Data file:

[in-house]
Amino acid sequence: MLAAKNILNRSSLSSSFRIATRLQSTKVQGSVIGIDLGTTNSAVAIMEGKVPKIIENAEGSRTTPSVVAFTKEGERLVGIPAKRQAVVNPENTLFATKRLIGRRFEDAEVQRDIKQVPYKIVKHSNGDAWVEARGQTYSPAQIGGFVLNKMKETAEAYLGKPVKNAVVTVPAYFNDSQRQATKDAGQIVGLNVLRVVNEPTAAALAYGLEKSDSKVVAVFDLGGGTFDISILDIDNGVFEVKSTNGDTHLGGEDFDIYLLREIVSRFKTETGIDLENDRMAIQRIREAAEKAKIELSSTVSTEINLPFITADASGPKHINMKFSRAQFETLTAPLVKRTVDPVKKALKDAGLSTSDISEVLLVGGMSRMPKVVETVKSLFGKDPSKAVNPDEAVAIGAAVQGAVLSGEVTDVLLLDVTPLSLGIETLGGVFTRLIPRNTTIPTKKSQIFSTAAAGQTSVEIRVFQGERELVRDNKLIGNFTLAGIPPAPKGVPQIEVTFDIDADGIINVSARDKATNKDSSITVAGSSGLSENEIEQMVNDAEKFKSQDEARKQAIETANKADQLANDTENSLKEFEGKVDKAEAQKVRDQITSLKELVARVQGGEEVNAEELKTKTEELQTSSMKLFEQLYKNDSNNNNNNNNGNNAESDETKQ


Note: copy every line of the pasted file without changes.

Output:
[in-house]
Amino acid sequence: MLAAKNILNRSSLSSSFRIATRLQSTKVQGSVIGIDLGTTNSAVAIMEGKVPKIIENAEGSRTTPSVVAFTKEGERLVGIPAKRQAVVNPENTLFATKRLIGRRFEDAEVQRDIKQVPYKIVKHSNGDAWVEARGQTYSPAQIGGFVLNKMKETAEAYLGKPVKNAVVTVPAYFNDSQRQATKDAGQIVGLNVLRVVNEPTAAALAYGLEKSDSKVVAVFDLGGGTFDISILDIDNGVFEVKSTNGDTHLGGEDFDIYLLREIVSRFKTETGIDLENDRMAIQRIREAAEKAKIELSSTVSTEINLPFITADASGPKHINMKFSRAQFETLTAPLVKRTVDPVKKALKDAGLSTSDISEVLLVGGMSRMPKVVETVKSLFGKDPSKAVNPDEAVAIGAAVQGAVLSGEVTDVLLLDVTPLSLGIETLGGVFTRLIPRNTTIPTKKSQIFSTAAAGQTSVEIRVFQGERELVRDNKLIGNFTLAGIPPAPKGVPQIEVTFDIDADGIINVSARDKATNKDSSITVAGSSGLSENEIEQMVNDAEKFKSQDEARKQAIETANKADQLANDTENSLKEFEGKVDKAEAQKVRDQITSLKELVARVQGGEEVNAEELKTKTEELQTSSMKLFEQLYKNDSNNNNNNNNGNNAESDETKQ